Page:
Female Employee

If you ask people you know in the restaurant industry how they found themselves in their current jobs, you’ll find that for some, it was a lucky accident.

But for others, there’s a lot of planning involved. Our industry is rich with opportunities for people with tax and finance savvy, human resources degrees, nutrition backgrounds, food safety science, and supply chain management, but many younger adults and students aren’t as aware that these disciplines have great career tracks awaiting them in the restaurant industry.

Dr. Cynthia Mejia HeadshotAt the National Restaurant Association’s recent Supply Chain Management conference, Dr. Cynthia Mejia of the University of Central Florida’s Rosen College of Hospitality Management in Orlando, spoke about how she generates excitement as her Gen Z students begin to understand what supply chain management careers in the restaurant industry look like. Here is some of what she shared with attendees:


What are your Gen Z students looking for in a job?

This new generation of students is a very special group of people. They're passionate about their futures and hungry to learn. They want to continue their learning trajectory after graduating. They welcome mentors and look for career advice. It's really important to provide them with a path or plan for success so they know the directions they can go. Older generations in the workforce who have so much intellectual capital must transfer this to the next generation.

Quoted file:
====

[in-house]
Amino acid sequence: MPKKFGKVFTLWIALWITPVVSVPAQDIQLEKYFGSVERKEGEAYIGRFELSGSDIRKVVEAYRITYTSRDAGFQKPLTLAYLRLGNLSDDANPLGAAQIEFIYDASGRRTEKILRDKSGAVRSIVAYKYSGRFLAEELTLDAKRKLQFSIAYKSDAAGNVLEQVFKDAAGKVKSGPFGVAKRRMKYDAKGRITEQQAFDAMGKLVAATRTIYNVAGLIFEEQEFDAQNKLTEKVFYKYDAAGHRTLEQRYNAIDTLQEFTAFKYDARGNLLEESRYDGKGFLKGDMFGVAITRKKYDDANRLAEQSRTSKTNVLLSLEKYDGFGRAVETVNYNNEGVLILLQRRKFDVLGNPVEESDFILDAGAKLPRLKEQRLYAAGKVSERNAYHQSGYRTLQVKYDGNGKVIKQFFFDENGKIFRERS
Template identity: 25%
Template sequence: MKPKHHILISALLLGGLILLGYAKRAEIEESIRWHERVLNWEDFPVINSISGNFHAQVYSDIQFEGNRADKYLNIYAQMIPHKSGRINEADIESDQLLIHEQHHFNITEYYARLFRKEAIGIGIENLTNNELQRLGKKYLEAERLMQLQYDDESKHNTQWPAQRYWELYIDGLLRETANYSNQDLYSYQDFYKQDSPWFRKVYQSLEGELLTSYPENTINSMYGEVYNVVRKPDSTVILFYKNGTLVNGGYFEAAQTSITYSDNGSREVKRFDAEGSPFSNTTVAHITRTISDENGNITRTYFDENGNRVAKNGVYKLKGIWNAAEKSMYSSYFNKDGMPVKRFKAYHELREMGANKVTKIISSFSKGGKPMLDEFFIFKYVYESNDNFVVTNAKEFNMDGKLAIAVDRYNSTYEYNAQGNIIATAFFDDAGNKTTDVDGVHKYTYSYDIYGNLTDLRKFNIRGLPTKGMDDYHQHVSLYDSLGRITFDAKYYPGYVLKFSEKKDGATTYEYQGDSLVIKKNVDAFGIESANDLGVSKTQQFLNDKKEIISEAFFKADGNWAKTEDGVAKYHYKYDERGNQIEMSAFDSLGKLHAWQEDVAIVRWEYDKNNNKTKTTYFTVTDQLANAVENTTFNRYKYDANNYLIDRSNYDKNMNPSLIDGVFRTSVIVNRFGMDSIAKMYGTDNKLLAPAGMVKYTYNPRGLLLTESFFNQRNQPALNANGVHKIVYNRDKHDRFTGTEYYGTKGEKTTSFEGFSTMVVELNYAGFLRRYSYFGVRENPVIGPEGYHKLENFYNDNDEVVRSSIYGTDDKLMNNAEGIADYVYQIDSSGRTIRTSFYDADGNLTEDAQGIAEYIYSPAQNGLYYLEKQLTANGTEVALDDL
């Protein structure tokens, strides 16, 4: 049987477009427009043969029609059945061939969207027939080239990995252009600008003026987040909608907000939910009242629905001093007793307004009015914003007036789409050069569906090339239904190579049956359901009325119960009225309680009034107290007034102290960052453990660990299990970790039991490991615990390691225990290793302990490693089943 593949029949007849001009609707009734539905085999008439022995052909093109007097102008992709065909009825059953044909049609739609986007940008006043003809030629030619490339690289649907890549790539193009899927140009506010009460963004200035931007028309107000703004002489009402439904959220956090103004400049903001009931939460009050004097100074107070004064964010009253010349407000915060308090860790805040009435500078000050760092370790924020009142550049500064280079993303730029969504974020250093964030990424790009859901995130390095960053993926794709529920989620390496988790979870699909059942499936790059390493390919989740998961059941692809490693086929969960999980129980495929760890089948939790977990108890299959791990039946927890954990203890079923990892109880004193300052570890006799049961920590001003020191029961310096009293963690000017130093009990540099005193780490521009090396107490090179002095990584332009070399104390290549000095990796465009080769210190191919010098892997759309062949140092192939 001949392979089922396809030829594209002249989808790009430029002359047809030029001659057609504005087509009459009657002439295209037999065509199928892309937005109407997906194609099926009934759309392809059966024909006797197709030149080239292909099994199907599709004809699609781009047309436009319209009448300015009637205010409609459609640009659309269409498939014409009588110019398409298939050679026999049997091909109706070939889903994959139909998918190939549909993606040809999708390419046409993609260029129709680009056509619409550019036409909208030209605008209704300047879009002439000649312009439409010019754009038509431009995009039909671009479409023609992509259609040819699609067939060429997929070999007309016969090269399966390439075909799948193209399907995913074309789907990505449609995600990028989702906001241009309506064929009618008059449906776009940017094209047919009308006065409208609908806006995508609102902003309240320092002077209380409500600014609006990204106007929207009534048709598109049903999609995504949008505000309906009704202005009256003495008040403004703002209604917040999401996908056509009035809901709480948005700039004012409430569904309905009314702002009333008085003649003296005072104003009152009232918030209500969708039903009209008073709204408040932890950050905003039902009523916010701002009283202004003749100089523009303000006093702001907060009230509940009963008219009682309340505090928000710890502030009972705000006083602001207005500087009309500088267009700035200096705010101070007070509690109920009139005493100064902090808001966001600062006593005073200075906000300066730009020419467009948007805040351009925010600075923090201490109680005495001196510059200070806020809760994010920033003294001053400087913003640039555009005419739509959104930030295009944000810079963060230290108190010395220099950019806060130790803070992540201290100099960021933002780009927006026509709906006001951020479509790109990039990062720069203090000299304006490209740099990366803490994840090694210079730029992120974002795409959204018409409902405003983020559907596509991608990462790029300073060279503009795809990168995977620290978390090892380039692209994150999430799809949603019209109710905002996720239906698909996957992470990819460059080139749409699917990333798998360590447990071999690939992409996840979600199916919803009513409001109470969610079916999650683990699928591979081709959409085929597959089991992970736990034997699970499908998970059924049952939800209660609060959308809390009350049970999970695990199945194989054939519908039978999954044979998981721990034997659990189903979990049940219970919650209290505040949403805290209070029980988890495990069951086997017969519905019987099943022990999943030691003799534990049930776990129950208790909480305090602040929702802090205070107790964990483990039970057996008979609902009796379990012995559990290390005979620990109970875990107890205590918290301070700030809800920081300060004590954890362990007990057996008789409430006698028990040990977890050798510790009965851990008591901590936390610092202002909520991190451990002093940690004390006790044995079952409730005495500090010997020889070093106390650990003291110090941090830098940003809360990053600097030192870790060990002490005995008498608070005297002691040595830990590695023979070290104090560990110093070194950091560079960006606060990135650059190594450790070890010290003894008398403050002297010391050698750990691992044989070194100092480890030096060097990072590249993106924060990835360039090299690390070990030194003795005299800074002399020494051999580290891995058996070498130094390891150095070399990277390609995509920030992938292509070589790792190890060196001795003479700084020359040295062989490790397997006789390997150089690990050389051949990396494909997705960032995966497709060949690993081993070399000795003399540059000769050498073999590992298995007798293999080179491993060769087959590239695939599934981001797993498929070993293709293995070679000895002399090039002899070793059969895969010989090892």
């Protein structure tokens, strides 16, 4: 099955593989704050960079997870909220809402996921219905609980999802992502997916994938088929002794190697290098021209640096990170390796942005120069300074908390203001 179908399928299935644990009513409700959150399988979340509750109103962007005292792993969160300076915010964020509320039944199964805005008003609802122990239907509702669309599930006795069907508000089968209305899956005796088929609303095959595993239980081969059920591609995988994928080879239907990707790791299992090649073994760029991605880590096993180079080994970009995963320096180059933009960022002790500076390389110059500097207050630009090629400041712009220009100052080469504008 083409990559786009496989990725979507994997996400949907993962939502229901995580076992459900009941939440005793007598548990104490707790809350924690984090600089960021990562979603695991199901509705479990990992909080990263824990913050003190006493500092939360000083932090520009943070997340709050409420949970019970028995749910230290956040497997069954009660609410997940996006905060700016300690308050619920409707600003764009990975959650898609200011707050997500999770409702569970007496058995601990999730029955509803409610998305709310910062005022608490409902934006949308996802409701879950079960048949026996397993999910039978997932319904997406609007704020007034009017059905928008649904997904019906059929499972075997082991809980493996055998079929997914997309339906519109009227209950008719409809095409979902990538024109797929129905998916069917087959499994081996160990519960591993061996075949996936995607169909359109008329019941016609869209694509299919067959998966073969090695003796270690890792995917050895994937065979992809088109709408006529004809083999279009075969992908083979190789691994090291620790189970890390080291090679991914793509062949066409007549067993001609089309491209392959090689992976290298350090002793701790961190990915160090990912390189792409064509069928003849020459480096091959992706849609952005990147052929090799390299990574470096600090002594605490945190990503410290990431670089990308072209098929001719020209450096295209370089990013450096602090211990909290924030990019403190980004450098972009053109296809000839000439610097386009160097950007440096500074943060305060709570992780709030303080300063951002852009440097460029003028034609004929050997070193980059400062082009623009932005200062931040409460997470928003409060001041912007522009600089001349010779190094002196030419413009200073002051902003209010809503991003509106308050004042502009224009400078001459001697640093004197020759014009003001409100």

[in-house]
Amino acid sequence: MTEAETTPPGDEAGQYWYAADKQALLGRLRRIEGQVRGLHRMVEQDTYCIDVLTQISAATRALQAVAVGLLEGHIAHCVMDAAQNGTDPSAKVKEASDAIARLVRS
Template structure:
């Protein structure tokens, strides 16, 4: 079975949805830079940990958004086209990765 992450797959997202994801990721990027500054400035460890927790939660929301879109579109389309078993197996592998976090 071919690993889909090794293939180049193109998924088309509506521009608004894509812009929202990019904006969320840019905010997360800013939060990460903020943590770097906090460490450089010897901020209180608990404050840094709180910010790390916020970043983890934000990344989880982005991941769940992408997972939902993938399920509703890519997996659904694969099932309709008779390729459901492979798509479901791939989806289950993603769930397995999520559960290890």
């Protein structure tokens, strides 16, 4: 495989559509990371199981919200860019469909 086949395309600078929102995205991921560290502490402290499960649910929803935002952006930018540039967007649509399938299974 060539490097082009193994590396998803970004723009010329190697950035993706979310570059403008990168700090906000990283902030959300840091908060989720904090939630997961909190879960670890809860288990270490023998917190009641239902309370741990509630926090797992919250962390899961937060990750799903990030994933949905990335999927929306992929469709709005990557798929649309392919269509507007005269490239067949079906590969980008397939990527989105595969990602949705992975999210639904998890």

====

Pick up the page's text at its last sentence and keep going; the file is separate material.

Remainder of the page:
What will supply chain education for the foodservice industry look like in 10 years?

Supply chain management is a hot job now, exemplified by the number of degree programs at the undergraduate and master's levels. We see that continuing to expand. At UCF, we plan to launch a master's certificate in supply chain management next fall. It’s an online program and it will be accessible not only to full-time college students, but also to students already in the workforce.

Why does an educator like you come to industry conferences?

We come to the Association’s Supply Chain Management conference because participating in it is invaluable. Understanding the trends and looking for partners who might share data with us are so useful. It's important for educators to stay connected to the industry and to understand what potential employers will look for in our graduates. Our goal is to prepare students to meet the industry’s needs.

Registration is open for the Association’s Supply Chain Management spring conference, May 14-15, Chicago.